What would medialand do without Roy Greenslade? The prophet's media-analysis column for the 'Evening Standard' last Wednesday rubbished reports that there was a feud over increased integration between 'The Observer' and 'The Guardian', for which he also writes a blog. Greenslade, sceptical about newspaper claims ("so cavalier in reporting our own affairs") that Roger Alton was about to resign as editor of 'The Observer', extracted from him the comment that he would leave "sooner or later". Alton announced his resignation that afternoon. Shortly after, 'Observer' columnist Nick Cohen texted Anne McElvoy, executive editor of the 'Standard', asking when Greenslade would be announcing his own resignation.
Good week for
Because liberty cannot flourish in the darkness, our rights and freedoms are protected by the daylight of public scrutiny
Sir Trevor McDonald: His name has been dropped from the show 'Tonight with Trevor McDonald' and he is now scaling back his appearances on the show.
However, the national treasure will return to his more comfortable seat at the helm of the resurrected 'News at Ten'. He is expected to appear four times a week until the news programme has bedded into schedules again.
Bad week for
Ian MacGregor: The new 'Sunday Telegraph' editor won't be pleased. The 'Financial Times' has swooped on some of his top business brains.
The Pink 'Un has poached economic historian Niall Ferguson to be a contributing editor – he had been one of the leading columnists for 'The Sunday Telegraph'.
The 'FT' has also scooped up the paper's deputy business editor, Sylvia Pfeifer, to be its defence industries correspondent.
"Let me scotch some rumours," says Nick Davies, author of 'Flat Earth News', in a post on a 'Guardian' blog. Davies, on sabbatical from 'The Guardian', says his book does not accuse Kamal Ahmed, outgoing 'Observer' executive editor (news), of helping Alastair Campbell with the dodgy dossier, nor did 'Guardian' editor Alan Rusbridger egg on Davies to write a chapter on 'Observer' Iraq coverage. "In fact [Rusbridger] looked a bit sick" when Davies told him what he'd done.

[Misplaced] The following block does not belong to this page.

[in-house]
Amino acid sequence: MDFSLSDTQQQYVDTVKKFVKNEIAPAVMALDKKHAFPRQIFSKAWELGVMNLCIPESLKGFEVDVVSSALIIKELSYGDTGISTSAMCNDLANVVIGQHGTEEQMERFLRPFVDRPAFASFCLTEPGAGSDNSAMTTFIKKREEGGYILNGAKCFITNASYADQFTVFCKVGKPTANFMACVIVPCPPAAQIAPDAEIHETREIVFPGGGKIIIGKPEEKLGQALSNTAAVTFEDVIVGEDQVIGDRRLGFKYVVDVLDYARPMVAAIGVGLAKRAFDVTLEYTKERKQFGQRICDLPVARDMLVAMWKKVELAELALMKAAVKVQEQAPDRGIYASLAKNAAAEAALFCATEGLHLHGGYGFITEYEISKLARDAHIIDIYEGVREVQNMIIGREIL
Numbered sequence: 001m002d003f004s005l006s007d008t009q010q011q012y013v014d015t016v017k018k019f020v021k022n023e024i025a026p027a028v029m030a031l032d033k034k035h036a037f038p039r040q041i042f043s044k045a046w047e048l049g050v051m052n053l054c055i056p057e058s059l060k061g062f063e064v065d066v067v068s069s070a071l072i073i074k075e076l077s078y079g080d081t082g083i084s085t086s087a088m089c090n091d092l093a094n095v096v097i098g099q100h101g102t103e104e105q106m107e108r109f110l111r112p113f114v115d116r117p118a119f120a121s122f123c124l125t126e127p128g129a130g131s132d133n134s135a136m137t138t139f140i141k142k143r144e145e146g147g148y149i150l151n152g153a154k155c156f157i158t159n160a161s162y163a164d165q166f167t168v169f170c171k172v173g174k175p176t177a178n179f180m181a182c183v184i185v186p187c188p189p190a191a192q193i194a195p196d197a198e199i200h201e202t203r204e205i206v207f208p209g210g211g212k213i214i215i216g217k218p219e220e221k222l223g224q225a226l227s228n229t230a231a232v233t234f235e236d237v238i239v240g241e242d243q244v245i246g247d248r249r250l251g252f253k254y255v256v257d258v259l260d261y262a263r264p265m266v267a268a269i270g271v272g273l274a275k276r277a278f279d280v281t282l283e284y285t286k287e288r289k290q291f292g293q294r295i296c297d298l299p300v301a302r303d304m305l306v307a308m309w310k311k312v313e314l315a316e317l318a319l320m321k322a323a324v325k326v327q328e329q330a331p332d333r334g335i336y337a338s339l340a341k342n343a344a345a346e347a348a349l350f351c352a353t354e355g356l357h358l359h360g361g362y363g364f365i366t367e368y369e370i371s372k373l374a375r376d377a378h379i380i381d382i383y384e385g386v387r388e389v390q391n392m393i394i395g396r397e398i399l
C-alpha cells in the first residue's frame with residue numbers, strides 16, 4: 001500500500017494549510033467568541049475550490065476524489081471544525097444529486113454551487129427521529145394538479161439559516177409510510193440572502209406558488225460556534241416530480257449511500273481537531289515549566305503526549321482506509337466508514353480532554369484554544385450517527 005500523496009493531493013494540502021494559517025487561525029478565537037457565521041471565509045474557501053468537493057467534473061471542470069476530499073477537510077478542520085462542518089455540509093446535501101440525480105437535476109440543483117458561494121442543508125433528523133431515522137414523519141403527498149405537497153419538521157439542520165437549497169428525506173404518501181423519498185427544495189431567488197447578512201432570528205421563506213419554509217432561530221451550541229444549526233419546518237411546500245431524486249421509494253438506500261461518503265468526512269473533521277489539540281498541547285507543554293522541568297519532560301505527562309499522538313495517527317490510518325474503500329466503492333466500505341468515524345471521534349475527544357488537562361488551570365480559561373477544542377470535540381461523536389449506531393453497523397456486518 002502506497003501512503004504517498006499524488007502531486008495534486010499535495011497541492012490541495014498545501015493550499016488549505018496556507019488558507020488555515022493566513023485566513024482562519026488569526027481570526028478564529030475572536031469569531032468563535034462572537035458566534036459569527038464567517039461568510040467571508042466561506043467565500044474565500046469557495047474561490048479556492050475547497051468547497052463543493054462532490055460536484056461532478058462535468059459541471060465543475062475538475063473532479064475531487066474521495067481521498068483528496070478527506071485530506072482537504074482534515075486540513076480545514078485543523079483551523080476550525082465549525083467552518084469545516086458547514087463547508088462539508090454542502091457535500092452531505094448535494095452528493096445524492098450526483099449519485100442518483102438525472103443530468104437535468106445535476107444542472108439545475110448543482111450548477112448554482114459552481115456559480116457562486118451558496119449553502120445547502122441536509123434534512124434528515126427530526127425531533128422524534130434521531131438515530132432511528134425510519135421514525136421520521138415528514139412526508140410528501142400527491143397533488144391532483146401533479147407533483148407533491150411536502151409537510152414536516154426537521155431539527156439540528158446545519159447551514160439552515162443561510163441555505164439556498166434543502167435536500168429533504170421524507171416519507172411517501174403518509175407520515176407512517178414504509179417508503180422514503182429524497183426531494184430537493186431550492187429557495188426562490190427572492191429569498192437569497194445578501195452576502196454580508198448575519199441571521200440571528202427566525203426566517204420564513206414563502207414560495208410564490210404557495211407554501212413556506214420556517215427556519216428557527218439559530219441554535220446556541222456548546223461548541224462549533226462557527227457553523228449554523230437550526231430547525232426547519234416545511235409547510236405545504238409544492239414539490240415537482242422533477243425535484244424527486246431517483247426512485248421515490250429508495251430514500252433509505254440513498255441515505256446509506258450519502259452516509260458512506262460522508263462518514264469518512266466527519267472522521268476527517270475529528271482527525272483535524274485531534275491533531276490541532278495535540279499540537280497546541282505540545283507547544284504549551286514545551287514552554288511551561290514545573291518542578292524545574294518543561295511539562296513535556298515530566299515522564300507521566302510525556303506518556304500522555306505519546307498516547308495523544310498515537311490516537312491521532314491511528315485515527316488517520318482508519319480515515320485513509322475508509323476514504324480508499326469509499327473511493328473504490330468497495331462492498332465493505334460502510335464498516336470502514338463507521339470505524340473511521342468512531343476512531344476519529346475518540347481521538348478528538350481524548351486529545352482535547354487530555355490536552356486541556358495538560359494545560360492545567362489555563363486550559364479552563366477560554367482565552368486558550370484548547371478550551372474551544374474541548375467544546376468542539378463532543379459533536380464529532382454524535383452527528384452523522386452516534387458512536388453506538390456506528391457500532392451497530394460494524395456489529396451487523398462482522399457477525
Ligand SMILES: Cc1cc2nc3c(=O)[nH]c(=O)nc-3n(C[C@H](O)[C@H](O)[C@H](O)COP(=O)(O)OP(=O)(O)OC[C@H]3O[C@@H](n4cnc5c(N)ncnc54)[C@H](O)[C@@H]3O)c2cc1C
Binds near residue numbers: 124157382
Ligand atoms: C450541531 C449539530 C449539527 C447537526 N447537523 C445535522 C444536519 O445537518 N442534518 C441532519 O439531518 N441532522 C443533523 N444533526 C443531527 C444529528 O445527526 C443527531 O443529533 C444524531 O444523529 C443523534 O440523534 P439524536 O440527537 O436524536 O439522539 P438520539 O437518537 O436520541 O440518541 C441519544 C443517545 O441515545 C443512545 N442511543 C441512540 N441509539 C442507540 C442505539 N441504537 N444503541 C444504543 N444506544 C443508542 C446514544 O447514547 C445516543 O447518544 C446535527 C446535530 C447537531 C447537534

Patience is so unassuming
Rumours continue to circulate that Patience Wheatcroft, former business editor of 'The Times', is a contender for its editorship. However, a counter rumour has emerged. Wheatcroft, until recently editor of 'The Sunday Telegraph', has become so embarrassed by the hype that she felt compelled to write to Rupert Murdoch to apologise, promise him she is not the source behind the stories, and reassure him she would not be so presumptuous. Such modesty!
The bubbly's on d'Ancona
Barely had John Mulholland been named the successor to Roger Alton at 'The Observer' when a courier firm's phone rang. Could they bike over a bottle of Ruinart champagne to the reserved Irishman, along with an obsequious congratulatory note? Regular imbibers at parties held at 'The Spectator' know there is only one man who flatters his acquaintances with such ruinously expensive champers – the dear old 'Spec' editor Matthew d'Ancona.
Design your own downfall
"If we can join together the richness of the BBC's resources – if we can get better at using the existing resources available at BBC Sport, the Business Unit, and in the nations and regions – then we can have a much stronger proposition," said Mark Popescu, then News 24 editor and one of the architects of the BBC News services merger costing 600 jobs. First out of the door on voluntary redundancy? That'll be the current editor of the Six O'Clock News, Mark Popescu.Reuse content